How much do you know about the history of Carmel Valley? Carmel Valley’s founding is closely tied to that of nearby Carmel and Monterey, and yet, it has developed its own historical significance in the area.
Just after the turn of the 17th Century, while on an expedition, Carmelite Friars named a stream El Rio de Carmelo in honor of their Patroness. At the time, populating the area were several districts of the Esselen Tribe, extending from Carmel Valley into the Santa Lucia Mountains. They hunted, fished, and gathered nuts and berries for sustenance. When the Spaniards arrived, they introduced these indigenous people to crop farming and cattle. Fortunately, cattle were to save the missions that were built, the Presidio, and the area’s population as crop farming initially failed. A key turning point in the history of Carmel Valley occurred when Father Junipero Serra, a Franciscan educator from Spain, arrived in Monterey. Father Serra had spent time in Mexico in the 1750s and 1760s before relocating to the Carmel Valley area in 1769.
- In 1771, Father Serra moved his Mission from Monterey to the banks of the Carmel River. Over the next few years, in addition to ensuring land cultivation and crop growing could be re-established, he was interested in having a reliable vegetable garden to supply ships, should any stop there. He was aware that proper irrigation would be needed and that work began in 1777.
- In the early 1780s, irrigation was successful, crops were stored, and a lagoon was added. Near the end of the 18th Century, Presidio commanders began to make land grants for their retired soldiers, even though such grants were not approved by the U.S. Land Commission. At the turn of the century, many more land grants were made by the Mission and others. This continued right up until the mid-1800s when Rancho Los Laureles was granted to Jose Agricio, a member of the Mission. The Treaty of Guadalupe Hidalgo was just around the corner.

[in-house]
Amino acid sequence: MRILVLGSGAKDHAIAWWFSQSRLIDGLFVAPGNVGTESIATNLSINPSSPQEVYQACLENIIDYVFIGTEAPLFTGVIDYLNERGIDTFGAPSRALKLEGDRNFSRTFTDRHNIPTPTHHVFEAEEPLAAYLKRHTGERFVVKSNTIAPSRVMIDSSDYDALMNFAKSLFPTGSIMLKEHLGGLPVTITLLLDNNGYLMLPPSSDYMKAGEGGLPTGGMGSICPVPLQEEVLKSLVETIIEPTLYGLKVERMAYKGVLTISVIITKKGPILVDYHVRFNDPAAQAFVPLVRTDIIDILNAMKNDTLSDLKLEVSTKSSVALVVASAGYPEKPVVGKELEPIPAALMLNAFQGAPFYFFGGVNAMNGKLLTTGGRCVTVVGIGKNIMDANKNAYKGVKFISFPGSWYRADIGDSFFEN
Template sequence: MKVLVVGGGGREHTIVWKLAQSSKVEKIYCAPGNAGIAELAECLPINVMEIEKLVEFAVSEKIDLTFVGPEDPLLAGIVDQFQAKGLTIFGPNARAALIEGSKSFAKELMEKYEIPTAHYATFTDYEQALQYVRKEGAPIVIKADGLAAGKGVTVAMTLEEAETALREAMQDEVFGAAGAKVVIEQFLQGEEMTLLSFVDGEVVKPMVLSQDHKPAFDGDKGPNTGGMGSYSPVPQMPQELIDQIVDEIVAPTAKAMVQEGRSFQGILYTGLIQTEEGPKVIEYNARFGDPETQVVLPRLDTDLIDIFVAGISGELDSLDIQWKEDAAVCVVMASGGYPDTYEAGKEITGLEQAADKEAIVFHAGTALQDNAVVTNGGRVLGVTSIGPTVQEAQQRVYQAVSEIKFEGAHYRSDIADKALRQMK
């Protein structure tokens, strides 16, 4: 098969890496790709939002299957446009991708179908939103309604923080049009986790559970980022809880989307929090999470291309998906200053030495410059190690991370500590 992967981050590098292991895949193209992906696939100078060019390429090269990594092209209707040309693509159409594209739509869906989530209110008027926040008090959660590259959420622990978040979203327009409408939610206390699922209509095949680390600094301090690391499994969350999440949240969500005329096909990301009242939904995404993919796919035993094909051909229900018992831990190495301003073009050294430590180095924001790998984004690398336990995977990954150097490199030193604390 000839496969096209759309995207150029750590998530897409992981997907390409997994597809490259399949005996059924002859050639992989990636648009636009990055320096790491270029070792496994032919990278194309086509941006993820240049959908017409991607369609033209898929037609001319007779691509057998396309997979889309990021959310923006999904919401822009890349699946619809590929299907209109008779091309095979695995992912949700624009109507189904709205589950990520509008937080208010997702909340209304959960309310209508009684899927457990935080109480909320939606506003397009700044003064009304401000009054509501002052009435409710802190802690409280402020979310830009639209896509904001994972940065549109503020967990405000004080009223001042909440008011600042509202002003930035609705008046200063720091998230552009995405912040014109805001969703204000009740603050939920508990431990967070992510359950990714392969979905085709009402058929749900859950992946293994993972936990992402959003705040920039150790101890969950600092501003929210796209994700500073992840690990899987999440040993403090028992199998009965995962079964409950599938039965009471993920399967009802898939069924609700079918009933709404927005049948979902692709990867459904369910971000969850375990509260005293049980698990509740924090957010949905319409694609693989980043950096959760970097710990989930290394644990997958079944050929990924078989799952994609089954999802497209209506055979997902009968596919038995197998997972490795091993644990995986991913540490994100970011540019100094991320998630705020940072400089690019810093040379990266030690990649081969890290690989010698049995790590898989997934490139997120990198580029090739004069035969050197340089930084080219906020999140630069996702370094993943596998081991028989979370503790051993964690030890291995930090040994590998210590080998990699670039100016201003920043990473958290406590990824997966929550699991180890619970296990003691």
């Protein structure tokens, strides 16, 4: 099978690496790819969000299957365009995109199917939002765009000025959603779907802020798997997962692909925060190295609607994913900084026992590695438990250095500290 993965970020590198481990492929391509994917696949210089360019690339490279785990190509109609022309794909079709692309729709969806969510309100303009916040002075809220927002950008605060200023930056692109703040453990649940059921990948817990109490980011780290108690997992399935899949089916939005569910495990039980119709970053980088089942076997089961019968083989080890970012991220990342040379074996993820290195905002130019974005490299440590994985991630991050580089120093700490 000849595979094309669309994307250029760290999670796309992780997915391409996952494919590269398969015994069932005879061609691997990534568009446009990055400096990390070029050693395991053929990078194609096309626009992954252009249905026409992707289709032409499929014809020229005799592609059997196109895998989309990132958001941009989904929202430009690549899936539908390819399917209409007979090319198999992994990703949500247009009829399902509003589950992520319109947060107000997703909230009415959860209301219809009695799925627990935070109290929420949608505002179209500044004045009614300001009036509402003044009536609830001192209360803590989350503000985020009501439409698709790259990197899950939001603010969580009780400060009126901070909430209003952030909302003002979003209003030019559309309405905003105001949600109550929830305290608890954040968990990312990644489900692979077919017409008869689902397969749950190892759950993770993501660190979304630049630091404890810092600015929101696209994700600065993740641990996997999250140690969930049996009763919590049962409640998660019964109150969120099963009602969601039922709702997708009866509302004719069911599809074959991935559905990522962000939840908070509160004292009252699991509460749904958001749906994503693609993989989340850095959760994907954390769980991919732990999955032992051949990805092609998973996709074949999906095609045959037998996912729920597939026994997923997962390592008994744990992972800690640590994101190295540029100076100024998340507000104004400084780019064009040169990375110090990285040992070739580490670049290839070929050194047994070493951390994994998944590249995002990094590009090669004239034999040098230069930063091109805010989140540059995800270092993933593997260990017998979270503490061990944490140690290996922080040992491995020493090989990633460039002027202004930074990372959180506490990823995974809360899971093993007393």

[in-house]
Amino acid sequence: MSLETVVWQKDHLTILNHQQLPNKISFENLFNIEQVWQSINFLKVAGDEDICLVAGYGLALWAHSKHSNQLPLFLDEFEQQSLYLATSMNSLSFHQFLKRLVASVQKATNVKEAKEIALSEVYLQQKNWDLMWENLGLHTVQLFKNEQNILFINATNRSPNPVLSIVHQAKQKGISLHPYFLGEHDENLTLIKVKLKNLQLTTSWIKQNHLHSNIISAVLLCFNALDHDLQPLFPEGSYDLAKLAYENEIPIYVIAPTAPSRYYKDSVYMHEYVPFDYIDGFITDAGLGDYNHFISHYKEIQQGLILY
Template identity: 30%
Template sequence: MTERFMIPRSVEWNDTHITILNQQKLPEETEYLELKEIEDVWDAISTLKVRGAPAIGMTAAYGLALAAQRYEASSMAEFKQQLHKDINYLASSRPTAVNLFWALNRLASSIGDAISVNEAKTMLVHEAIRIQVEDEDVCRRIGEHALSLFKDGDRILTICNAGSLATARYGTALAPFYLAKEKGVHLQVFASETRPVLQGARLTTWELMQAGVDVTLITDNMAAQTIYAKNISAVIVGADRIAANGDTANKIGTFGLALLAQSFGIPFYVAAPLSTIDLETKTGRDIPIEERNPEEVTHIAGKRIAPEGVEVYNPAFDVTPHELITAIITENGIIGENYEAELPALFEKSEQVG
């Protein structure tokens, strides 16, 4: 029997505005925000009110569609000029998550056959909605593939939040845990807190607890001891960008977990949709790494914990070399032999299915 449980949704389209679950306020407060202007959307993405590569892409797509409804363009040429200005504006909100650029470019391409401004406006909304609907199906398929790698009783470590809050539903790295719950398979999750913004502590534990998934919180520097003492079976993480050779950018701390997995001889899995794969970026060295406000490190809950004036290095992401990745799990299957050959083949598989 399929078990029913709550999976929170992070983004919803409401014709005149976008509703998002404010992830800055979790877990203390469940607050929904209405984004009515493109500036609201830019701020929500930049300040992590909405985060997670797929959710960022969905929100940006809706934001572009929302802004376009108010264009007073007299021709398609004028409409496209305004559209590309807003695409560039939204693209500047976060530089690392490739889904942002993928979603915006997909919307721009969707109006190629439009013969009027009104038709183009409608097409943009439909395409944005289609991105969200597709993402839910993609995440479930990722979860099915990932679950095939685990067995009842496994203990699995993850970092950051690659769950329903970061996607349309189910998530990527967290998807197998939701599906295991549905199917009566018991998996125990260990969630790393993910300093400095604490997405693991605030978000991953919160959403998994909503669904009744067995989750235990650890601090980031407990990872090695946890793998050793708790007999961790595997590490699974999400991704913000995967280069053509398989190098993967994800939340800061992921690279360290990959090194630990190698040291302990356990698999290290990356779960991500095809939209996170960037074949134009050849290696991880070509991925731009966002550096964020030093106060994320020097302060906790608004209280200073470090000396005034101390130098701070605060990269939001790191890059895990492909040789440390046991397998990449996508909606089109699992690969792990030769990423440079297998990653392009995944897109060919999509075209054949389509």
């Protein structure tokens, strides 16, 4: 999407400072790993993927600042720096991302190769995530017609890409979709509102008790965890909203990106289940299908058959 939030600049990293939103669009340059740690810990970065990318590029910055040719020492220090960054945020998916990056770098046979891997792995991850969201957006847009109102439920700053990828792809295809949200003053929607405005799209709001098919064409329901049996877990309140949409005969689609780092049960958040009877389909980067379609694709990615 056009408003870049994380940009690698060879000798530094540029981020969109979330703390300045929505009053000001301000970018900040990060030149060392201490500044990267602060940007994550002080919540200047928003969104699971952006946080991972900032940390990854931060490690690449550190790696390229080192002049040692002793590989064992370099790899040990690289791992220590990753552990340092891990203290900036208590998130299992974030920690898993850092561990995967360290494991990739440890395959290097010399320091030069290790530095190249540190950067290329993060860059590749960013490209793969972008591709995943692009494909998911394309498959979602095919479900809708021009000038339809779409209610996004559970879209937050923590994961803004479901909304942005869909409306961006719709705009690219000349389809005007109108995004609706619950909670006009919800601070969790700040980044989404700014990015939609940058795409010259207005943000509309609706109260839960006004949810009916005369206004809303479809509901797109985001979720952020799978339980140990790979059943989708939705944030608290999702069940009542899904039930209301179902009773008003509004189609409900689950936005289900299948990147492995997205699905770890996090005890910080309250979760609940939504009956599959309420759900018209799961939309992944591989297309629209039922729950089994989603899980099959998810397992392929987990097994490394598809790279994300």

- The Treaty of Guadalupe Hidalgo ended the Mexican War. It was signed in 1848 by both the U.S. government and a representative of the collapsed Mexican government. This was a key event for the area, as Upper California, New Mexico, and Arizona were ceded to America. Also, the U.S. claim over Texas was recognized. Around this time the Esselen had all relocated to Carmel Valley.
- Another key development that would affect Carmel Valley, Monterey, Pebble Beach and surrounding areas was the purchase of parts of the Peninsula and adjoining lands by the Pacific Improvement Company (PIC) in 1880. 1883 was also a pivotal year, as it marked the creation of a dam that is currently below the San Clemente Dam. In addition, infrastructure was built so water could be piped into PICs Del Monte Hotel and into Monterey.
At the turn of the 20th Century, the population was growing spurring major improvements and changes. PIC drilled wells near Laureles Ranch, installed pumps and began pumping up to 2 million gallons of water per day.
Much happened in the area between 1917 and 1929. Del Monte Properties was founded by S.F.B. Morse. Once he acquired Carmel Valley property, he also acquired valuable water rights. In the early 1920s several mining companies were founded in the lower river / Carmel River areas. Morse built another dam upstream from the first one. In 1927, Robles Del Rio Lodge, with a 9-hole course, opened in Carmel Valley.